The Emperor Penguin (Aptenodytes forsteri) is the tallest and heaviest
of all living penguin species and is endemic to Antarctica. The male
and female are similar in plumage and size, reaching 122 cm (48 in)
in height and weighing anywhere from 22 to 45 kg (49 to 99 lb). The
dorsal side and head are black and sharply delineated from the white
belly, pale-yellow breast and bright-yellow ear patches. Like all
penguins it is flightless, with a streamlined body, and wings stiffened
and flattened into flippers for a marine habitat. It has several adaptations
to facilitate diving at depth, including an unusually structured hemoglobin
to allow it to function at low oxygen levels, solid bones to reduce
barotrauma, and the ability to reduce its metabolism and shut down
non-essential organ functions.
The Emperor Penguin has a circumpolar distribution in the Antarctic
almost exclusively between the 66° and 77° south latitudes.
It almost always breeds on stable pack ice near the coast and up to
18 km (11 mi) offshore. Breeding colonies are usually located in areas
where ice cliffs and icebergs shelter them from the wind. The total
population is estimated at around 400,000–450,000 individuals,
which are distributed among as many as 40 independent colonies. Around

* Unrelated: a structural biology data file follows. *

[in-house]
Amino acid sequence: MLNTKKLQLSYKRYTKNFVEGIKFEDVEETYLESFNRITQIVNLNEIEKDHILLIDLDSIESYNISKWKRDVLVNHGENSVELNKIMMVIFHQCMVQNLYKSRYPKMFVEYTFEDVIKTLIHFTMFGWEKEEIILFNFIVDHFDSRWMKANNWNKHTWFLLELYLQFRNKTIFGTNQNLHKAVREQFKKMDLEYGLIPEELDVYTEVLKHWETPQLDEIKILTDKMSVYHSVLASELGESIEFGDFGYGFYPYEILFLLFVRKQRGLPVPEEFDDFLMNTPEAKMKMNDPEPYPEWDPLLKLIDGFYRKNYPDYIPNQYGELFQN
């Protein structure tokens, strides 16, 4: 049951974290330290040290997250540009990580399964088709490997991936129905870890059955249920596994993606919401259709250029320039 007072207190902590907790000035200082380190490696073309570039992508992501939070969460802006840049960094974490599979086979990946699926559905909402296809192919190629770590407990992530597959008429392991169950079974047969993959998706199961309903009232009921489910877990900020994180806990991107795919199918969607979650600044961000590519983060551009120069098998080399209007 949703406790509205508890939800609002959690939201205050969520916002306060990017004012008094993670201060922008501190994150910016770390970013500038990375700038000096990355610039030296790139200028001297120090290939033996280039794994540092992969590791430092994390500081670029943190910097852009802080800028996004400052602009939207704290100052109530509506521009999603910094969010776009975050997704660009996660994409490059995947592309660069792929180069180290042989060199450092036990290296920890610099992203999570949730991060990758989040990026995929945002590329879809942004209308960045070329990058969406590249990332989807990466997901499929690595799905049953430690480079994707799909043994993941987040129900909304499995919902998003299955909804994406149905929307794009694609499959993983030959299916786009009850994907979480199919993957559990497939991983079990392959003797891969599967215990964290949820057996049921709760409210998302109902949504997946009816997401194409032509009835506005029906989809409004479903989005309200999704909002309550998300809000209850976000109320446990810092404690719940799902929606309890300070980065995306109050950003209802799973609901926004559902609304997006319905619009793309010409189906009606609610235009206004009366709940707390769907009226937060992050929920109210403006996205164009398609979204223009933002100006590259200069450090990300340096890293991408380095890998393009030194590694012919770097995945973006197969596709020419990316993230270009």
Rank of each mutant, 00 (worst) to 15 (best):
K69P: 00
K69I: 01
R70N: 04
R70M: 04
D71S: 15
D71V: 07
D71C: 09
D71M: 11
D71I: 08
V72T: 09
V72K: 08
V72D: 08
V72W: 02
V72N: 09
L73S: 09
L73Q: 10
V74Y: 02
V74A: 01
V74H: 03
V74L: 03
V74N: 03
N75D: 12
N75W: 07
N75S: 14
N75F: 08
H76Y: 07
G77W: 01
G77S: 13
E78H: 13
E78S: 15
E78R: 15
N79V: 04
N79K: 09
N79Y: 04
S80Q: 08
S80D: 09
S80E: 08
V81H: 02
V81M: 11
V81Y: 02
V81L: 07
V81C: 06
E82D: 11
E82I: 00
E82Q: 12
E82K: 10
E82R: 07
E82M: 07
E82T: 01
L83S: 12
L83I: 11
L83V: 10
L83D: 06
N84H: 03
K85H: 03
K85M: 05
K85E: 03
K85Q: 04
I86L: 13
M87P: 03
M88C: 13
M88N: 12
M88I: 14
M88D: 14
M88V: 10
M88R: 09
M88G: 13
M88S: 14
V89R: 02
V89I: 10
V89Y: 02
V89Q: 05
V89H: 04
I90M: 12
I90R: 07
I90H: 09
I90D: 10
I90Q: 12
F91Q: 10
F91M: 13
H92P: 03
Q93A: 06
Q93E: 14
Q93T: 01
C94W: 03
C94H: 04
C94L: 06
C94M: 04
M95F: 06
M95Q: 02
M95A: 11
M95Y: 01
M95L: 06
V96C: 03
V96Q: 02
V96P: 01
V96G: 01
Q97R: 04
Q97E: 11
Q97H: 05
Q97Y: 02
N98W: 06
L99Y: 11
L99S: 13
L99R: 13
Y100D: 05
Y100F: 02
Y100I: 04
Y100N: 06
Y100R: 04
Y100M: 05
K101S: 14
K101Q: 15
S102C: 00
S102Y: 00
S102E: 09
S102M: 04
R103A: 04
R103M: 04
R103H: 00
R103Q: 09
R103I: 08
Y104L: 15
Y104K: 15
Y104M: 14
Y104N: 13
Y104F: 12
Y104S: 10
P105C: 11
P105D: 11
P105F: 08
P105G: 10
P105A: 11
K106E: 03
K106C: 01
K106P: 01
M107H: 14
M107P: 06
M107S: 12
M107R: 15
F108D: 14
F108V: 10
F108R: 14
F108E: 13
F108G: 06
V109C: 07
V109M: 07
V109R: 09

80,000 pairs breed in the Ross Sea sector. Major breeding colonies
are located at Cape Washington (20,000–25,000 pairs), Coulman
Island in Victoria Land (around 22,000 pairs), Halley Bay, Coats Land
(14,300–31,400 pairs), and Atka Bay in Queen Maud Land (16,000
pairs). Two land colonies have been reported: one on a shingle spit
at Dion Island on the Antarctic Peninsula, and one on a headland at
Taylor Glacier in the Australian Antarctic Territory. Vagrants have
been recorded on Heard Island, South Georgia, and in New Zealand.
The Emperor Penguin is perhaps best known for the sequence of journeys
adults make each year in order to mate and to feed their offspring.
The only penguin species that breeds during the Antarctic winter,
it treks 50–120 km (31–75 mi) over the ice to breeding
colonies which may include thousands of individuals. The female lays
a single egg, which is incubated by the male while the female returns
to the sea to feed; parents subsequently take turns foraging at sea
and caring for their chick in the colony. The lifespan is typically
20 years in the wild, although observations suggest that some individuals
may live to 50 years of age.
Its diet consists primarily of fish, but can also include crustaceans,
such as krill, and cephalopods, such as squid. In hunting, the species
can remain submerged up to 18 minutes, diving to a depth of 535 m
The Emperor Penguin's predators include birds and aquatic mammals.
The Southern Giant Petrel (Macronectes giganteus) is the predominant
land predator of chicks, responsible for up to 34% of chick deaths
in some colonies though they often scavenge dead penguins as well.
The South Polar Skua (Stercorarius maccormicki) mainly scavenges for
dead chicks, as the live chicks are too large to be attacked by the
time of its annual arrival in the colony. The known aquatic predators
are both mammals: the Leopard Seal (Hydrurga leptonyx), which takes
some adult birds, as well as fledglings soon after they enter the
water, and the Orca (Orcinus orca), which takes adult birds. If one
of a breeding pair dies or is killed during the breeding season, the
surviving parent must abandon its egg or young and go back to the
sea to feed.